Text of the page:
NFCA Athlete for Awareness Susan Maloney tackles the tough questions on living gluten-free as a professional body builder.
Hello gluten-free friends,
I’ve recently been asked the following questions that I thought I would turn into a blog entry.
How do other bodybuilders and/or athletes respond when they learn that you are gluten-free? Are they supportive or understanding? Do you know other gluten-free athletes?
I first shared that I was diagnosed with celiac disease backstage last year with several of the Pro Women I was competing with, and their initial response was one of not knowing or understanding what celiac disease and gluten-free living was all about. Next, (mind you, these women had been dieting for about 12 weeks and weren’t aware of gluten-free food options) most admitted they would be devastated without their usual breads, pastas, pizzas, cakes and post-show/off-season treats!
I’m a little different from the average bodybuilder in that I maintain my off-season weight fairly close to my show-ready physique, and thus, I do not regularly eat gluten-free breads, cookies, cakes, pastas, pizzas or any ‘starchy’ carbs other than oatmeal and sweet potatoes. Additionally, I have fructose malabsorption, which means I cannot eat fruits and several higher carb gluten-free options that many athletes and bodybuilders consume. So, that is a big difference for most athletes and individuals at large.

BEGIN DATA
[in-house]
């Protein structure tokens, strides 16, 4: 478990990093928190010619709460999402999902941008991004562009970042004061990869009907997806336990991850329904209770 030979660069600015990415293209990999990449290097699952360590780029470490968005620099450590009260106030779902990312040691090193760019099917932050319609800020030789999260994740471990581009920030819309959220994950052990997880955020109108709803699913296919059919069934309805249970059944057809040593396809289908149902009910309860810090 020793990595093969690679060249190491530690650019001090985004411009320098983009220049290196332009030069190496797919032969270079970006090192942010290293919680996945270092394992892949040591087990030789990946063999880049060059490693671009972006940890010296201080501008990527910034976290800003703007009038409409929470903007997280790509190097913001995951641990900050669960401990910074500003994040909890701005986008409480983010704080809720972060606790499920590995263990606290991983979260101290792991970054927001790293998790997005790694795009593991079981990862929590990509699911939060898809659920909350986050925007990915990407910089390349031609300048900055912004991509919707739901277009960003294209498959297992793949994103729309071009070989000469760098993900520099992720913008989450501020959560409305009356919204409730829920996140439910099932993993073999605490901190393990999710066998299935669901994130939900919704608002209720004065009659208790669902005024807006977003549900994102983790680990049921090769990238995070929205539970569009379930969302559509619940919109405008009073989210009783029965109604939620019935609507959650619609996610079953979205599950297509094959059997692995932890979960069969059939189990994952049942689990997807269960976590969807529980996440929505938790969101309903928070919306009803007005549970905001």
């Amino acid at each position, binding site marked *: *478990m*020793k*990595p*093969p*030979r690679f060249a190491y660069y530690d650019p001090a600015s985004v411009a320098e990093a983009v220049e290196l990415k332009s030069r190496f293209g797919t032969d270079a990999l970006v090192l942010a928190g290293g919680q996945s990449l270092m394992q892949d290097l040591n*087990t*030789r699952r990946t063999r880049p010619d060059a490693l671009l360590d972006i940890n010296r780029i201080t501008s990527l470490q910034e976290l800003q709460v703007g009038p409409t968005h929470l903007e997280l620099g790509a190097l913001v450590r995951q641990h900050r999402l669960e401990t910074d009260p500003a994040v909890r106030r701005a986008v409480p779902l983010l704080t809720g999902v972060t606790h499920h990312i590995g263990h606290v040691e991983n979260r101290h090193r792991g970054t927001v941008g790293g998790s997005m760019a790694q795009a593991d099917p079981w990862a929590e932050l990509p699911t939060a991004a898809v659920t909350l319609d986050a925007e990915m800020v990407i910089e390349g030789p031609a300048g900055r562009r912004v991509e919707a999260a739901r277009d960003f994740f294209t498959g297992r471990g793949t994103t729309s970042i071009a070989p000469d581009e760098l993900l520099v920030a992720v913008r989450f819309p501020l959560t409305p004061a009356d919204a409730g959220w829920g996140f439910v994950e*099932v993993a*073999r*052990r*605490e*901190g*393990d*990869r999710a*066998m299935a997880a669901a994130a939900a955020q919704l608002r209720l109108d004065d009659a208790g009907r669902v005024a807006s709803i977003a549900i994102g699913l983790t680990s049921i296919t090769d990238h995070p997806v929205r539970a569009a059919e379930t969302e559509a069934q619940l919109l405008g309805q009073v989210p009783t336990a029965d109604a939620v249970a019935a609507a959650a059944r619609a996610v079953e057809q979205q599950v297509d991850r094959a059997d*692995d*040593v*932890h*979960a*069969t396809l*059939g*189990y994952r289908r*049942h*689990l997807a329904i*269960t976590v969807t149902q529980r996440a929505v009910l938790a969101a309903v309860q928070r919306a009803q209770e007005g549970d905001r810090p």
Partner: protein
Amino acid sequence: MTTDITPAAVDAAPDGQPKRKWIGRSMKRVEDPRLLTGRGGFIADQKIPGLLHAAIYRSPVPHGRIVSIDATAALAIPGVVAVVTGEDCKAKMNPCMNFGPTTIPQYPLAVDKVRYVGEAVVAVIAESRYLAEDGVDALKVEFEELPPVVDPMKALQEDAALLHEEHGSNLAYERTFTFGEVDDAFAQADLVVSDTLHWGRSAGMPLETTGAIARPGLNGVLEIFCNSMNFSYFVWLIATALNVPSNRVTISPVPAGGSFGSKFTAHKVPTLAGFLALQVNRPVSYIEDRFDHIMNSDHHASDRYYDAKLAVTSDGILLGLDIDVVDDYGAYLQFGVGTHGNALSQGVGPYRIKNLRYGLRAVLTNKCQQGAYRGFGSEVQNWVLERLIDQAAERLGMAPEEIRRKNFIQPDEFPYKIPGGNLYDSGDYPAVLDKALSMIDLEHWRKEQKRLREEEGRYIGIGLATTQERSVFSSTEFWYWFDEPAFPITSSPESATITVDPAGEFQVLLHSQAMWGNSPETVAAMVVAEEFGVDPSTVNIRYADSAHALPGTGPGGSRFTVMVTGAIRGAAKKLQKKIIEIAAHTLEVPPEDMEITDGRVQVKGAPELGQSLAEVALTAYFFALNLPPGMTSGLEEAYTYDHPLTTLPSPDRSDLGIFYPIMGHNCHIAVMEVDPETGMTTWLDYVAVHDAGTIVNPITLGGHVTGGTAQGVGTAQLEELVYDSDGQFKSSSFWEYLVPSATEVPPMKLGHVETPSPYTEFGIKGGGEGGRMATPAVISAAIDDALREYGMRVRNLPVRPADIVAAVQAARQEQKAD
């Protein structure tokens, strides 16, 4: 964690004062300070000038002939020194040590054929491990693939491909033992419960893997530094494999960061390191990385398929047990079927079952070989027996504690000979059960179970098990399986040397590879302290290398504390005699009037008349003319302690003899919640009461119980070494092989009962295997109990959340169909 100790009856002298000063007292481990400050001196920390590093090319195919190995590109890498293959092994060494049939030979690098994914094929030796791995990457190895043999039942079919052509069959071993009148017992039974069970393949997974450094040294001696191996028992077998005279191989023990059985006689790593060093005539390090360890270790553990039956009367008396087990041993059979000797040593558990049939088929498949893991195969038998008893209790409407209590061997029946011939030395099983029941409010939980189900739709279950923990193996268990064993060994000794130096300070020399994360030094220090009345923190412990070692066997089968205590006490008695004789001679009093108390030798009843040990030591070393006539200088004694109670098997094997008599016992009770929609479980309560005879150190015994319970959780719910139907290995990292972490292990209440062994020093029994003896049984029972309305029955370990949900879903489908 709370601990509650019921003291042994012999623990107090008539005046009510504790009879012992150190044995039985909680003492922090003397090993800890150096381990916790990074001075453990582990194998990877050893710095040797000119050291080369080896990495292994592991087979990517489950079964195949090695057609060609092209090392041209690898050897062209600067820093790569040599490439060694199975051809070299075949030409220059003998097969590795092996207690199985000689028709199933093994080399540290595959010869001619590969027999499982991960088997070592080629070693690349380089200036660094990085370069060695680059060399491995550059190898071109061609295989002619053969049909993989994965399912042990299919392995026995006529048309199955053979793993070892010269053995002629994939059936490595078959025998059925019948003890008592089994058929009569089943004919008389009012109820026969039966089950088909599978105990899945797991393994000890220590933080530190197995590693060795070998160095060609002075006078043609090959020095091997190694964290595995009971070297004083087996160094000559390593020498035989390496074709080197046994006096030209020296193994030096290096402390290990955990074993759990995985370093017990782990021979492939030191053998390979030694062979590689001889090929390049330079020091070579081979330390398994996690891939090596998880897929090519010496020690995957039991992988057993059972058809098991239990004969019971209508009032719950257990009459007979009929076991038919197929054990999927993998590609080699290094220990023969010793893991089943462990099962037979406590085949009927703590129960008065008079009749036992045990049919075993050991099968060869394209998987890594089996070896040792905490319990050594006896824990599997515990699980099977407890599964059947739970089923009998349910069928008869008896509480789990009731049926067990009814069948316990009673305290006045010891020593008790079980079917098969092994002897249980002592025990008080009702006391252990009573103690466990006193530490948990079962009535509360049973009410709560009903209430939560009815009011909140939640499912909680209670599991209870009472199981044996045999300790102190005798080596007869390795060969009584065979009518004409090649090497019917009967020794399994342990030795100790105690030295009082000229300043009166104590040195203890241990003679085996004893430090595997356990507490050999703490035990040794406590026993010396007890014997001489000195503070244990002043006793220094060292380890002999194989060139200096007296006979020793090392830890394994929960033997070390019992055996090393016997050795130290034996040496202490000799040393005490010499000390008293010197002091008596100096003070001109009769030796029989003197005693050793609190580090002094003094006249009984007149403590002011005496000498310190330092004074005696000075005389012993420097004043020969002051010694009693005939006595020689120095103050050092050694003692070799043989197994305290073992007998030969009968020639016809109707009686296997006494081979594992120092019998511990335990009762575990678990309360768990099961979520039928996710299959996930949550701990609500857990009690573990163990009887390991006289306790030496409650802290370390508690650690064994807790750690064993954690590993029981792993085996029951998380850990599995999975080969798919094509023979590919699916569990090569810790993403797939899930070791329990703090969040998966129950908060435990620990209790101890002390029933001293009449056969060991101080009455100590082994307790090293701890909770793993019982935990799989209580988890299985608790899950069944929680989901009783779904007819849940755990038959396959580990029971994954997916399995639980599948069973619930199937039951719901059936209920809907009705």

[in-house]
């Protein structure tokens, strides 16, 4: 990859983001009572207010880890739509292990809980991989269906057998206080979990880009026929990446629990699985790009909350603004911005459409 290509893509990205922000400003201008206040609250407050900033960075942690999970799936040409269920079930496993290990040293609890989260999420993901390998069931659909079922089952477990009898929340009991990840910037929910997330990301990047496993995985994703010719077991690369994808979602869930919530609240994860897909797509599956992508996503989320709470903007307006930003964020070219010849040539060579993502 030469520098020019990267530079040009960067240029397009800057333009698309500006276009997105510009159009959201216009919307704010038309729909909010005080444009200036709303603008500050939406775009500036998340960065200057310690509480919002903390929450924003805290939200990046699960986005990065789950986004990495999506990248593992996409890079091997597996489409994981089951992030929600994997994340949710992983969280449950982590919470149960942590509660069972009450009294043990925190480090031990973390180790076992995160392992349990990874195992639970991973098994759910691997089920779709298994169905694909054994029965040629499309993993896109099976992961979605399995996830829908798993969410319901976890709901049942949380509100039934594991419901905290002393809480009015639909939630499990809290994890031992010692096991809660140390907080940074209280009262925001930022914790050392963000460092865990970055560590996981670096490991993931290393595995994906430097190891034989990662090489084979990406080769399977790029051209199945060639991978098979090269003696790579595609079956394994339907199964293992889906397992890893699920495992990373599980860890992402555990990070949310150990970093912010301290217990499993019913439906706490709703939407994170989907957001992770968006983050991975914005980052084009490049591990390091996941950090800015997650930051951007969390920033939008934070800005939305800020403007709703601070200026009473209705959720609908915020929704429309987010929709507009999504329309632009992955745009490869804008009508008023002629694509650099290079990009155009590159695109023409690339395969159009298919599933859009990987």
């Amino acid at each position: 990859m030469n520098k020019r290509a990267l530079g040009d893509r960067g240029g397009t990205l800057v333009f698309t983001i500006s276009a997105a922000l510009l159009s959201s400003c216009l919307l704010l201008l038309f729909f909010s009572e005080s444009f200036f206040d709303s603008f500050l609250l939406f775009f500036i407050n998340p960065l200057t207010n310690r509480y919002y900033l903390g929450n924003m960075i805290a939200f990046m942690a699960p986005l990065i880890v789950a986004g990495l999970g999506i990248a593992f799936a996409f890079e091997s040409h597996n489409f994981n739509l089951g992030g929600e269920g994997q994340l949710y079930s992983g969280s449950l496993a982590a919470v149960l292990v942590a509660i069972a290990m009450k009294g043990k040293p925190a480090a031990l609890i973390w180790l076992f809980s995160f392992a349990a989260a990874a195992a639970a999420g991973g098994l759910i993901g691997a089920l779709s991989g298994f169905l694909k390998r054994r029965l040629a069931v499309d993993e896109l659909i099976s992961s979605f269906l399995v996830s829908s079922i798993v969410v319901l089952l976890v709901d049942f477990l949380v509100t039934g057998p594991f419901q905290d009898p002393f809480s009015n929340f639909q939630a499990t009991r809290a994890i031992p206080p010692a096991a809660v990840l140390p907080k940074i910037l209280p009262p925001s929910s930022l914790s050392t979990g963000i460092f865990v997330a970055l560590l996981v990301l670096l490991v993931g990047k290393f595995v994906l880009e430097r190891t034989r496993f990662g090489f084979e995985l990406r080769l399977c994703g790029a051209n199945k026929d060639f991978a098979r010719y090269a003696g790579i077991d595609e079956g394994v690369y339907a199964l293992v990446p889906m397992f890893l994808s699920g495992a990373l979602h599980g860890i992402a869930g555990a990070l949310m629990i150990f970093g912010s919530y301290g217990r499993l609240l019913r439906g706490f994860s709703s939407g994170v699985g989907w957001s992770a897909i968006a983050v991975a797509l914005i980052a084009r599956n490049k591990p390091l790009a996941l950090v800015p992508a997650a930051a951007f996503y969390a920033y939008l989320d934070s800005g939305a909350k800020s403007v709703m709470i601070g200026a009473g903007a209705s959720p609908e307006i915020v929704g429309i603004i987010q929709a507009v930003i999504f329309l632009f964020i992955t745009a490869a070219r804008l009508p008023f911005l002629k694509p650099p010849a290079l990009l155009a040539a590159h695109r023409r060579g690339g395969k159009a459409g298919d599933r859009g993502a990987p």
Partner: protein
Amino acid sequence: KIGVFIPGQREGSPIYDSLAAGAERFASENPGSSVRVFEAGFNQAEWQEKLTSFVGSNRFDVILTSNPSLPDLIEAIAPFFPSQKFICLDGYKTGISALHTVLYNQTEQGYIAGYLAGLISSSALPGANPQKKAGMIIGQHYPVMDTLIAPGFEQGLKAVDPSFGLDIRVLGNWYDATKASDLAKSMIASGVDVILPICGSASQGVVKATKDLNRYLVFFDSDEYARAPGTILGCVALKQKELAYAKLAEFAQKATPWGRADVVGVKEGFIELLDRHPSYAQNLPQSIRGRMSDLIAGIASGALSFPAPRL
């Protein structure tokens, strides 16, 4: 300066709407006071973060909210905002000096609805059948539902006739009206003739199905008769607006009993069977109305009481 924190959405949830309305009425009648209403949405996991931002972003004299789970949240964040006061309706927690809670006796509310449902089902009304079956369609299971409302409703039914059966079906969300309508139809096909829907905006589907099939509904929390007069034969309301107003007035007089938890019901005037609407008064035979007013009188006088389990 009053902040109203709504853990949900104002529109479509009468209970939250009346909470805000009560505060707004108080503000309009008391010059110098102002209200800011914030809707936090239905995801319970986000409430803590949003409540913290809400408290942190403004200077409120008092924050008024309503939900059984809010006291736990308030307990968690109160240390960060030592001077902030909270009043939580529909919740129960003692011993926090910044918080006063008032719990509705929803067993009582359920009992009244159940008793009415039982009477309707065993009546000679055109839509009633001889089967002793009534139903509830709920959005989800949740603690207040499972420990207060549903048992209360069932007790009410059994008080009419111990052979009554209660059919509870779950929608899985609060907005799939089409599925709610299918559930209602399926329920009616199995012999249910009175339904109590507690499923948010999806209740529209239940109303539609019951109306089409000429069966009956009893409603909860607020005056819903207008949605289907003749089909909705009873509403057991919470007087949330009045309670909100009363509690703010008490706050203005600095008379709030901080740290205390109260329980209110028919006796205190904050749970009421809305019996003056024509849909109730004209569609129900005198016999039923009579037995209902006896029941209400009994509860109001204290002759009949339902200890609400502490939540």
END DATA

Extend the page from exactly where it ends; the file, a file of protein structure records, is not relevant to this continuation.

I find that most people do not understand gluten-free eating options or celiac disease in general. And yes, many think it is the next “fad” similar to following a vegetarian or vegan diet. Surprisingly though, I read numerous bodybuilding blogs from other athletes who are raving about the health, wellness and “feel good” benefits of following a gluten-free diet (celiac and non-celiac alike).
Much has been publicized in the social media regarding professional football players and a host of other professional athletes who are realizing personal bests and great performances since going gluten-free. I am not personally familiar with other gluten-free athletes on the day to day, but I do read as many blogs as I can from those nationally known athletes. I also host two other gluten-free blogs for supplement companies, and I’m often asked to share my day-to-day meal plan.
Most of the questions I am asked pertain to what kind of carbs are gluten-free and what I eat. My usual day of foods is pretty simple, and I follow it every day. Start the day with gluten-free oatmeal and a scoop of egg white protein; lift/train or cardio at 5 a.m.; then a post-workout shake of egg white protein. The remainder of my meals throughout the day consists of an alternating schedule of 5 egg whites or 3-4 ounces of fish with vegetables. I regularly eat a higher fat fish (tuna steak or salmon) 3-4 times per week, and I am happily able to tolerate a glass of red wine 1-2 nights per week. I also have a higher carb meal each evening that includes ½ cup rice or sweet potato/squash and root vegetables when in season. I spend about 2 hours/day doing food prep, and while following this routine might sound a bit boring to some, it does make thinking about meals much simpler!
I do enjoy cooking gluten-free foods for my daughter such as gluten-free turkey/veggie lasagna, grilled gluten-free chicken wraps, gluten-free pumpkin bread and mousse, and a few other special requests, but I do maintain a gluten-free kitchen as it takes the guesswork and fear of cross-contamination out of things.
Thanks for reading! I appreciate your support.